1. GISAID's EpiCoV database (https://www.gisaid.org/) (Shu and McCauley, 2017).

      2. NCBI virus (https://www.ncbi.nlm.nih.gov/labs/virus/vssi/#/) (Hatcher et al., 2017).

      3. The Chinese National Genomics Data Center (NGDC) database (https://bigd.big.ac.cn/ncov) (NGDC, 2020).

      4. EMBL-EBI's COVID-19 Data Portal (https://www.covid19dataportal.org/).

      5. COVID-19 Genomics UK (COG-UK) Consortium (https://www.cogconsortium.uk/data/).

    2. Download the complete genome of Wuhan-Hu-1 (NCBI Reference Sequence: NC_045512.2; https://www.ncbi.nlm.nih.gov/nucleotide/).


  2. Multiple Sequence Alignment (MSA) using MAFFT online service dedicated to MSA of closely-related viral genomes (https://mafft.cbrc.jp/alignment/software/closelyrelatedviralgenomes.html).

    1. Input (Figure 1A):

      1. The complete genome of Wuhan-Hu-1 (NC_045512.2) to the “Existing alignment” box.

      2. Input the other sequences to the “Fragmentary sequence(s)" box.

        Note: MAFFT online service supports up to 20,000 sequences of ~30 kb in length. The task should be performed in batches if more sequences are being aligned and results should be combined after sequence stratification.

    2. Parameters (Figure 1B):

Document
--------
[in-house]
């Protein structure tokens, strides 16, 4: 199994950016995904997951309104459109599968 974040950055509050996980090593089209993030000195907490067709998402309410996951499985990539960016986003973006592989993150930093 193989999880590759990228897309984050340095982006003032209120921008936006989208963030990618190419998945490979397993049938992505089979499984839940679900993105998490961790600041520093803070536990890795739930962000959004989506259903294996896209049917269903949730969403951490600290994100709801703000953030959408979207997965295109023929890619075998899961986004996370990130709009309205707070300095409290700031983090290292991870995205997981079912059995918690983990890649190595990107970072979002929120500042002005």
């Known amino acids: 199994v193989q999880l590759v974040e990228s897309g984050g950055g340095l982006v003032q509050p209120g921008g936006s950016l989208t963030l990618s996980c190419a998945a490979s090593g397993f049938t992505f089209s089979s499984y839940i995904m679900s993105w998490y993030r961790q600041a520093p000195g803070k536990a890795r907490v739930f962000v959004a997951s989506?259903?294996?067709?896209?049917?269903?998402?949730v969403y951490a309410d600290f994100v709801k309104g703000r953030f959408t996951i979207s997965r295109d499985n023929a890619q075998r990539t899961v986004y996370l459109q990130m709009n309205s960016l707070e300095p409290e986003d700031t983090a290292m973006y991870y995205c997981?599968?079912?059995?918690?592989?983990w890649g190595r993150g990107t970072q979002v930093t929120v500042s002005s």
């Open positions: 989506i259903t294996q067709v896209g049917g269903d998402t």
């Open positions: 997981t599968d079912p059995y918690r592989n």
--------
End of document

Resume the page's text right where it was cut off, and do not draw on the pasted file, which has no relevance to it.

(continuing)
1. UPPERCASE/lowercase, select "same as input'.

      2. Direction of nucleotide sequences, select “Adjust direction according to the first sequence”.

      3. Output order, select "aligned".

    3. Advanced Settings (Figure 1C):

      1. Keep alignment length, select "Yes".

      2. Strategy, select "auto".

    4. Download the aligned sequence in FASTA format, once available.



      Figure 1. Multiple Sequence Alignment (MSA) using MAFFT online service


      Video for Procedure A-B: https://youtu.be/hbnsXnikRak


  3. Alternatively, download a ready-to-use MSA file from our OSF page (https://doi.org/10.17605/OSF.IO/NPCS6).

    Note: Data in our original publication (Khan and Cheung, 2020) was downloaded from GISAID that does not permit the release of MSA files publicly. The MSA file provided on our OSF page was generated using sequences downloaded from the NCBI virus. The file would be updated periodically during the pandemic (file 1 aligning 19863 SARS-CoV-2 sequences).


  4. Save Region of Interest (ROI) for each primer/probe as a separate FASTA file

    1. Open the MSA file from Procedure B or Procedure C in the AliView program.

      Note: Aliview program (available from https://ormbunkar.se/aliview/) needs to be downloaded on the computer in advance.

    2. Find the primer binding site using the “find” function (Figure 2A) or using “add and align sequences from clipboard” function (Figure 2B).

    3. Reverse-complement the primer/probe sequence as necessary using Sequence Manipulation Suite (https://www.bioinformatics.org/sms2/rev_comp.html).

      >CN-CDC-N_F

      GGGGAACTTCTCCTGCTAGAAT